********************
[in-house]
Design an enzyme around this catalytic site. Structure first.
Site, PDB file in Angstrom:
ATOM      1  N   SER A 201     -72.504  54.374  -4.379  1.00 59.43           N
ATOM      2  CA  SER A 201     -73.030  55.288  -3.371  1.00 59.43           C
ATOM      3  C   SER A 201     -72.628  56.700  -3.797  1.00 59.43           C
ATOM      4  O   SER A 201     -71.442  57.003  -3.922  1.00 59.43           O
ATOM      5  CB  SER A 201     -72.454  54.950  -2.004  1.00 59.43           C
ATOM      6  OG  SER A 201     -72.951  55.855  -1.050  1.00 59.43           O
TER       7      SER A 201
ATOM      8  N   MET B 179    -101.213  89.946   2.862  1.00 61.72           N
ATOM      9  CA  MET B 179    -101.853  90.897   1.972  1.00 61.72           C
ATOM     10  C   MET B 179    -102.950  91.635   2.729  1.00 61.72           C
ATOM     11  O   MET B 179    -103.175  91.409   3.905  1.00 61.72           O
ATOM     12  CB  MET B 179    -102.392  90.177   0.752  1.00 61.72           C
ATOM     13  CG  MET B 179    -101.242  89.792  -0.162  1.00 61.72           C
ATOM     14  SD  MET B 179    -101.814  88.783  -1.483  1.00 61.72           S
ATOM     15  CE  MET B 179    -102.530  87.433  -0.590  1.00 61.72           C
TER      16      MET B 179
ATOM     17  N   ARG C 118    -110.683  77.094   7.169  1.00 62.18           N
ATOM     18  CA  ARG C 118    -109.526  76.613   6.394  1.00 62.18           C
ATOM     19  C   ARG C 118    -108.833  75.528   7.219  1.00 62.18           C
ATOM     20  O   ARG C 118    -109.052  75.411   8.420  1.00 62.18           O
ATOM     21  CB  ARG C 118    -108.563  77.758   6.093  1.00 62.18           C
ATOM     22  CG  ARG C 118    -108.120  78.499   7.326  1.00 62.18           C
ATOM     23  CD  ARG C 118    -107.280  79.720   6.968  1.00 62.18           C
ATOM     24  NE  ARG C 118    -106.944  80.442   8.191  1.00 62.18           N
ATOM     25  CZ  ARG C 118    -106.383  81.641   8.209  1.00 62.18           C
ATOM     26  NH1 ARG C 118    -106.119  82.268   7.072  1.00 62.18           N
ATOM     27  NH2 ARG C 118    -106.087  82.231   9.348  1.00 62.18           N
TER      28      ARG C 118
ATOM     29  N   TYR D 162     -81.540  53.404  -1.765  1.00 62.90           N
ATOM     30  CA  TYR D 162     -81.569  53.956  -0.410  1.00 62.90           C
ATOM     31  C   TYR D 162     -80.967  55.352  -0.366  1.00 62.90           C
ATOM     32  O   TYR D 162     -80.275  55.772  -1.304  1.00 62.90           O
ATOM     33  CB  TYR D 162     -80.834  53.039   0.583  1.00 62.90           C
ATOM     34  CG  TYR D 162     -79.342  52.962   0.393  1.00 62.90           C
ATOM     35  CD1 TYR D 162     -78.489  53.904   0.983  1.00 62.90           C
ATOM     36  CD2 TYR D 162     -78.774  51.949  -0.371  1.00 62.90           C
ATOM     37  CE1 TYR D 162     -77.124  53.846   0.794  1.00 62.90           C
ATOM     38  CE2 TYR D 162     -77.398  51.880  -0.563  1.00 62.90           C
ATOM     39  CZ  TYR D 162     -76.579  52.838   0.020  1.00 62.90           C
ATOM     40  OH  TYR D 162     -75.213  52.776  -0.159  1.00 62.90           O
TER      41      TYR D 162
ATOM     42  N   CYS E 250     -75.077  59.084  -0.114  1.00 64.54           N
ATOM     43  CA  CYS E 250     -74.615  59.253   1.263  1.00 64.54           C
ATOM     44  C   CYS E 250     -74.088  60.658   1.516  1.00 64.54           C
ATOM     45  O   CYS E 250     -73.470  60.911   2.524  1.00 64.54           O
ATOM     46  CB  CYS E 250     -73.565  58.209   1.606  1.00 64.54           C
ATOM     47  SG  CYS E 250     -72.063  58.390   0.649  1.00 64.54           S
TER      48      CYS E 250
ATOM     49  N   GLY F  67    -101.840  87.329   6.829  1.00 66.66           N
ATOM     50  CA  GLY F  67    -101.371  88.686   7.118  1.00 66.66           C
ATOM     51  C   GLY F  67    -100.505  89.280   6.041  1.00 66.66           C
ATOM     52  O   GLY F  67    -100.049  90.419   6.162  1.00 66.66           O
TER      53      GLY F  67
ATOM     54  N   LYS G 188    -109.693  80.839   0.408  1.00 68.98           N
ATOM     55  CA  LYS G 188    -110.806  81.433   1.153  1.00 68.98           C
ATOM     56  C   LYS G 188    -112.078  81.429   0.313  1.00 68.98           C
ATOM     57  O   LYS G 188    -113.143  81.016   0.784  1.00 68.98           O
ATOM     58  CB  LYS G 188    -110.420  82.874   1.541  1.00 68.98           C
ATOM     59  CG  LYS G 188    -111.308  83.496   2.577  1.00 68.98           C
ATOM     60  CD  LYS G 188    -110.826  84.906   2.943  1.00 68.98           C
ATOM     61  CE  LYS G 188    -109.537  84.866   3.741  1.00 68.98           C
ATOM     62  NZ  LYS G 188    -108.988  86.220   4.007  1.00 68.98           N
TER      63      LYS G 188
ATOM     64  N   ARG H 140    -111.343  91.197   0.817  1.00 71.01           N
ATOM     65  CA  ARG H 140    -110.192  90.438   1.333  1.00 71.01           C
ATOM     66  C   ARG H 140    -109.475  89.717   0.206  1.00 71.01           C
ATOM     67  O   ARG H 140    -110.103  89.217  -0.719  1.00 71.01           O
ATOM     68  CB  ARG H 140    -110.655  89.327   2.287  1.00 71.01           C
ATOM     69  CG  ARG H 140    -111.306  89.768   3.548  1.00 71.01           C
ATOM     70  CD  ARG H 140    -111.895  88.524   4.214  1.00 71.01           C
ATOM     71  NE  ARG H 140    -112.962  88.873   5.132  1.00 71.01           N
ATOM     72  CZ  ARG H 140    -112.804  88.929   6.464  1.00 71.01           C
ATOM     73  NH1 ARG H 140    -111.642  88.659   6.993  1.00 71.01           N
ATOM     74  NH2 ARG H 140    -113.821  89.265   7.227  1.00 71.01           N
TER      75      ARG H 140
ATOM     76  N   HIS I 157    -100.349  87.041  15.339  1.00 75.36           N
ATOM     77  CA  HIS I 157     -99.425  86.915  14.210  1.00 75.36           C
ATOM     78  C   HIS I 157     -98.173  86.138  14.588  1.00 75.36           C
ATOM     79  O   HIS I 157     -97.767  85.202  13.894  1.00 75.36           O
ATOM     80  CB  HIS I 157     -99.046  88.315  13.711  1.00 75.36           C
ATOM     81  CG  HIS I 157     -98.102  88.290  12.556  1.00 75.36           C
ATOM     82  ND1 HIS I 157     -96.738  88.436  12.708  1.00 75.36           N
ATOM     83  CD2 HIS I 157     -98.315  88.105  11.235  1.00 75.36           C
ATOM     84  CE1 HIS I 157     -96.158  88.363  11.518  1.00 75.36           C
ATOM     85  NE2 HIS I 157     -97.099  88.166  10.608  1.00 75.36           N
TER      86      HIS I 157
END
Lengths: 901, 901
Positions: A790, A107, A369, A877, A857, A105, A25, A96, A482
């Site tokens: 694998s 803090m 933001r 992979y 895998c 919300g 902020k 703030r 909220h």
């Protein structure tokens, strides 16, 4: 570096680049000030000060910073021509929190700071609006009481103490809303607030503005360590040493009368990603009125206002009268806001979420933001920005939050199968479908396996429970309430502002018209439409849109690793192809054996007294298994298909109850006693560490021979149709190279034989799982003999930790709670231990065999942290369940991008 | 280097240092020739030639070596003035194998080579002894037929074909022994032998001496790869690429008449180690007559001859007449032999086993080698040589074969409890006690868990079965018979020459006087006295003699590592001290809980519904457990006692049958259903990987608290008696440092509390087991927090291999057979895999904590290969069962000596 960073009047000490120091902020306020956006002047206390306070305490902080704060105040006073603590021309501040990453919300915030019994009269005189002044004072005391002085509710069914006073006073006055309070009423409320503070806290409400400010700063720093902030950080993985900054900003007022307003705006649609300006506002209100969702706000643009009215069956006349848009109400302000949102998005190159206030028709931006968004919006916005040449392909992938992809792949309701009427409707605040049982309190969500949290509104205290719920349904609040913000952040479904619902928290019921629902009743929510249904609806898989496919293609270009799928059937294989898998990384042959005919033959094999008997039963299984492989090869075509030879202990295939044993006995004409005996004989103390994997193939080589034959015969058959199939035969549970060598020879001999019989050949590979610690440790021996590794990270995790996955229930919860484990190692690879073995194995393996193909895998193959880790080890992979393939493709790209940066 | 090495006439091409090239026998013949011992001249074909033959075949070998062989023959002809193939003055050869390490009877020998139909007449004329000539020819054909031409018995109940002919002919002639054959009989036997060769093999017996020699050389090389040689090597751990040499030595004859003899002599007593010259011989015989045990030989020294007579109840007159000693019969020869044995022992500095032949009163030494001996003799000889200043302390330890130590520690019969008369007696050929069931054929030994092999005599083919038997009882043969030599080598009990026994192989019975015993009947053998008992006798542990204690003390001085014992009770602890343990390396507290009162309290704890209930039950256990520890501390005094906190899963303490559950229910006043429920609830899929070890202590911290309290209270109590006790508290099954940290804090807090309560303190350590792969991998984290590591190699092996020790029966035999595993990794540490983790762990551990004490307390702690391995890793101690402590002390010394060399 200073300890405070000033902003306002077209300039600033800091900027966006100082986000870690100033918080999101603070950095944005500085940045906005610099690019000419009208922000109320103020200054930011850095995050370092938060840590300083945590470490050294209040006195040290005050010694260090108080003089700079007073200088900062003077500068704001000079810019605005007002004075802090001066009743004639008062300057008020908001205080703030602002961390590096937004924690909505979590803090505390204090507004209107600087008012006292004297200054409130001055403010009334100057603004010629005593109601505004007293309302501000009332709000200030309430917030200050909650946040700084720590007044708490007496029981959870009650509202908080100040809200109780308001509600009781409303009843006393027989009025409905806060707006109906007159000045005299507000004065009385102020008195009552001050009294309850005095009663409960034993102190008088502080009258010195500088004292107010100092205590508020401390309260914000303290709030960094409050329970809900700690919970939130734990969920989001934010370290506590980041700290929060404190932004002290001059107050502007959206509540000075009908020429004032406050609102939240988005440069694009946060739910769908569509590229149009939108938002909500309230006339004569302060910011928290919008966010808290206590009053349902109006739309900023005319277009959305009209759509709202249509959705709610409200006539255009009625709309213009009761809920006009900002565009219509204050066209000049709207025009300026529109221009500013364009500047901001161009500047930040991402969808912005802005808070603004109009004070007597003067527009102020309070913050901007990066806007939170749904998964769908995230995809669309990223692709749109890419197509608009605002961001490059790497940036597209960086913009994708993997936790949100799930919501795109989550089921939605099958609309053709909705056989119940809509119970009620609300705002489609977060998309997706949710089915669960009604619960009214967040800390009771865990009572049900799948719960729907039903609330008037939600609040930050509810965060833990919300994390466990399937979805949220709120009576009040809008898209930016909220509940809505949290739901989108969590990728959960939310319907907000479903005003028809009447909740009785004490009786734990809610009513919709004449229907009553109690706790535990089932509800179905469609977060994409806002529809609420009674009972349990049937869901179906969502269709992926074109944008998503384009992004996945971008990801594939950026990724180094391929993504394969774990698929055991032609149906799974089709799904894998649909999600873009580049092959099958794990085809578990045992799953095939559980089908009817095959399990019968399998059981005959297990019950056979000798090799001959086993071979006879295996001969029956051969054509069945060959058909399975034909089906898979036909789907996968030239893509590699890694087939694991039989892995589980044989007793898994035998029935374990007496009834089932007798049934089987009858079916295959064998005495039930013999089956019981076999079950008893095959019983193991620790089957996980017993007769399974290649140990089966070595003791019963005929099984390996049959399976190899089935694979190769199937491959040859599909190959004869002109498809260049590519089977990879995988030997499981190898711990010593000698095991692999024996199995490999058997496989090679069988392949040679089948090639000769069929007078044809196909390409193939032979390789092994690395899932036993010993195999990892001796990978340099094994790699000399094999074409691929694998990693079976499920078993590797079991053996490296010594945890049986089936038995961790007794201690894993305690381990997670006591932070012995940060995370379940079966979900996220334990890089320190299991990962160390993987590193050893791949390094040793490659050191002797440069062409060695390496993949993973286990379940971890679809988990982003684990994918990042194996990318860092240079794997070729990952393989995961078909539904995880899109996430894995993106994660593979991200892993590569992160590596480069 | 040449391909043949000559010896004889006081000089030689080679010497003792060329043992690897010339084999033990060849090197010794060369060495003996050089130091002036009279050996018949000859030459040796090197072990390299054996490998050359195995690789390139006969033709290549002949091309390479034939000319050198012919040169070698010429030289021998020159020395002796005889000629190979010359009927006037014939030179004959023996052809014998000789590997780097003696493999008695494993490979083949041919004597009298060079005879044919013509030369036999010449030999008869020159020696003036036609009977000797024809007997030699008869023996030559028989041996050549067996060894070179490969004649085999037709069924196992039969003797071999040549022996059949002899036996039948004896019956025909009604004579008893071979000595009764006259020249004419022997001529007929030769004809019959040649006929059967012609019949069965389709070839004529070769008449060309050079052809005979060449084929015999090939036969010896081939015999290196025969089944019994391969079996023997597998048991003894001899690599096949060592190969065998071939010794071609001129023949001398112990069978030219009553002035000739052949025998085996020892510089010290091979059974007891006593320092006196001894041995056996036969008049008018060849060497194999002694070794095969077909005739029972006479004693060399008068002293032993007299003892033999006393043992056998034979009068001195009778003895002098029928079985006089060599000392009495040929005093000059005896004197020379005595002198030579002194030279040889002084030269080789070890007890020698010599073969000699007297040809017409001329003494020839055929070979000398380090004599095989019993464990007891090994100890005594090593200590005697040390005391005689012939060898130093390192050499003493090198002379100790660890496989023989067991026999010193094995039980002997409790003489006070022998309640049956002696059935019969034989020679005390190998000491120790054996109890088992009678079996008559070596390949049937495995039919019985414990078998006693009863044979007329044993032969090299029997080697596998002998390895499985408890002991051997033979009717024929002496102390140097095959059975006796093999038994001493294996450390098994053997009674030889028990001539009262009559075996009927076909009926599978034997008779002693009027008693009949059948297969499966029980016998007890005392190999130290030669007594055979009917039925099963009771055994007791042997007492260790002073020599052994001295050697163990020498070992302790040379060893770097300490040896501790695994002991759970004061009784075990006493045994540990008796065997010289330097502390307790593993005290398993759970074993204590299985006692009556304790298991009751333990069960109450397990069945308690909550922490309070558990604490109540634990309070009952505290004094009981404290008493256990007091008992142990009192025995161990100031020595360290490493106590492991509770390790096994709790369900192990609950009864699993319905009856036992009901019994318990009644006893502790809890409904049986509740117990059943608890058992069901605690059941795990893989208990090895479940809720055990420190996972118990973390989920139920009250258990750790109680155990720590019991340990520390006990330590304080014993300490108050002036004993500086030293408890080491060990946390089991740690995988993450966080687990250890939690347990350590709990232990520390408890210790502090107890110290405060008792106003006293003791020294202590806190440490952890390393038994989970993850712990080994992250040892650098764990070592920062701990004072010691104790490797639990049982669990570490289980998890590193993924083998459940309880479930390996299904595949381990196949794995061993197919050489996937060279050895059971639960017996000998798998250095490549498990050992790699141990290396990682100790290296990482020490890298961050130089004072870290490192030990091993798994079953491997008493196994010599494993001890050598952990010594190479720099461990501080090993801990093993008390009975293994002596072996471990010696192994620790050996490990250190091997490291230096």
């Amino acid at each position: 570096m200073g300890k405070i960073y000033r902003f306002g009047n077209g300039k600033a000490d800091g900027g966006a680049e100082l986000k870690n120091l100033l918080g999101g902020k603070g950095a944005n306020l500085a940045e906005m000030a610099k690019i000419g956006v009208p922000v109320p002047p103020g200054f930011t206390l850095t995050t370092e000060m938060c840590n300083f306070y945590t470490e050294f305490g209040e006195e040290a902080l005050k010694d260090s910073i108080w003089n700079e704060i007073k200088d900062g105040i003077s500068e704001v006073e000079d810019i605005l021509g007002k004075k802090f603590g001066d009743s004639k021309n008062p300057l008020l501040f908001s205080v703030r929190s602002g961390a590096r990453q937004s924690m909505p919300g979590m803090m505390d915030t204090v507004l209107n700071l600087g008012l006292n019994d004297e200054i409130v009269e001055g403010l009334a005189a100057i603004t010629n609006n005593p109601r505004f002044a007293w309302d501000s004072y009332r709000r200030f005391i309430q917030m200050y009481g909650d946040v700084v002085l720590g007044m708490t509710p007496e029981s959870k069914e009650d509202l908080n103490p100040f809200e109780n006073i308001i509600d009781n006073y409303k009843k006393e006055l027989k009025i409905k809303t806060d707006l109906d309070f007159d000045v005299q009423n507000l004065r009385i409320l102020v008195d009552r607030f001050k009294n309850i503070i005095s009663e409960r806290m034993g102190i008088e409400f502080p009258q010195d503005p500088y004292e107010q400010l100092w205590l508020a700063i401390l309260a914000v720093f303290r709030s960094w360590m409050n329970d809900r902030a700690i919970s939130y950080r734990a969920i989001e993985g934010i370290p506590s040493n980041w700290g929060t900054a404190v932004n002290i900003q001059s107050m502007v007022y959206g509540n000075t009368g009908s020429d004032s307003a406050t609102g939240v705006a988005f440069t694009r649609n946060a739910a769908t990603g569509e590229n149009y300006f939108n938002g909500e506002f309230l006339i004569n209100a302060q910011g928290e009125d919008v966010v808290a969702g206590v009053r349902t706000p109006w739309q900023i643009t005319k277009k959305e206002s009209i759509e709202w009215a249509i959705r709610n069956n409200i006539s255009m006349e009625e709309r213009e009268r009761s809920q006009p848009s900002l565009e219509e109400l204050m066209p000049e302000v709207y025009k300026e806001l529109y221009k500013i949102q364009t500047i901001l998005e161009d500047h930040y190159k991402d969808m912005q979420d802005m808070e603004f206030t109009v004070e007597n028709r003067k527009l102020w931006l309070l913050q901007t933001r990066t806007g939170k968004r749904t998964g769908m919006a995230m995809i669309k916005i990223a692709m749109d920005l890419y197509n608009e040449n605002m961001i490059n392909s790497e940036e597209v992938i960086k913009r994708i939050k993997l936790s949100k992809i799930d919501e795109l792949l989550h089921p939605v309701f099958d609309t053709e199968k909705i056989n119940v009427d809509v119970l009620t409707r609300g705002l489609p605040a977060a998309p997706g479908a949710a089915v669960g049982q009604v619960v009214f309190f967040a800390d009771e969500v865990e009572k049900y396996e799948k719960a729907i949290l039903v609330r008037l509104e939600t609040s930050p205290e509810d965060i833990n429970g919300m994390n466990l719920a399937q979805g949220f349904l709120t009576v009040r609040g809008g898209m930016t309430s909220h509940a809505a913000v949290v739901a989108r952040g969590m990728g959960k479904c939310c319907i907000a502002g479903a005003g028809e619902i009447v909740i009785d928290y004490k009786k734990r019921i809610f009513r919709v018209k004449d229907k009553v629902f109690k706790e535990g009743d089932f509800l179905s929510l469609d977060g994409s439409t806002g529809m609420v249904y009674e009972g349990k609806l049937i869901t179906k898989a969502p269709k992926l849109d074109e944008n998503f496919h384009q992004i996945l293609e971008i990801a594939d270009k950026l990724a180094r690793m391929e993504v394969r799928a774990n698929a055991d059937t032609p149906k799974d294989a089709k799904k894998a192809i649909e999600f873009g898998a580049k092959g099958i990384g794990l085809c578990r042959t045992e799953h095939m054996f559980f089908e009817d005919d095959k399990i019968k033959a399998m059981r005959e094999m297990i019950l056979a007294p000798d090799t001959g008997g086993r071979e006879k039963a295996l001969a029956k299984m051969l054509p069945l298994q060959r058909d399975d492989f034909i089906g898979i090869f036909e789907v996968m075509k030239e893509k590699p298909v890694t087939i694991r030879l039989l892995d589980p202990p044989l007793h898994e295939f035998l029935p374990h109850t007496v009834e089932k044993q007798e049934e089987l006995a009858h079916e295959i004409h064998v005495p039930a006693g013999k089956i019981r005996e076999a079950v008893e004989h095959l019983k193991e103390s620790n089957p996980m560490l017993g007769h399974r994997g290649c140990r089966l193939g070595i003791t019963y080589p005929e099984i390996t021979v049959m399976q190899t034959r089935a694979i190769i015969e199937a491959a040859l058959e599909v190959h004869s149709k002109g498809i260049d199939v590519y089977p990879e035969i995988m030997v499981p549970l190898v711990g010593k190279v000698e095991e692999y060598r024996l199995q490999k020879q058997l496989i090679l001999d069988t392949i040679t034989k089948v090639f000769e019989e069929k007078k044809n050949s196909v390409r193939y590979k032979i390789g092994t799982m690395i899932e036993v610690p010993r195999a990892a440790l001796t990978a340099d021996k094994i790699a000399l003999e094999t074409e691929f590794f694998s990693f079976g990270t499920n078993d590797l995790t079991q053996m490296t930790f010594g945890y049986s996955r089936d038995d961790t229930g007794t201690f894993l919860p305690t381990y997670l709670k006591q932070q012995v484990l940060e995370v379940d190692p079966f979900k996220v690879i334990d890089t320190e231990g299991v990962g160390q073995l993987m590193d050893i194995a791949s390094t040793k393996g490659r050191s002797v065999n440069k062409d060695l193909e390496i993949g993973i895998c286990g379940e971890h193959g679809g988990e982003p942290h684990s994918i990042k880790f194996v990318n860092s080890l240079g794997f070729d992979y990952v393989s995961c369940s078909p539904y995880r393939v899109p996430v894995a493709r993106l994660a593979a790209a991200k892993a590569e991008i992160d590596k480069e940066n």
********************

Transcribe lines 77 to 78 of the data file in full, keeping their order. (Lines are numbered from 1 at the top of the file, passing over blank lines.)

ATOM     74  NH2 ARG H 140    -113.821  89.265   7.227  1.00 71.01           N
TER      75      ARG H 140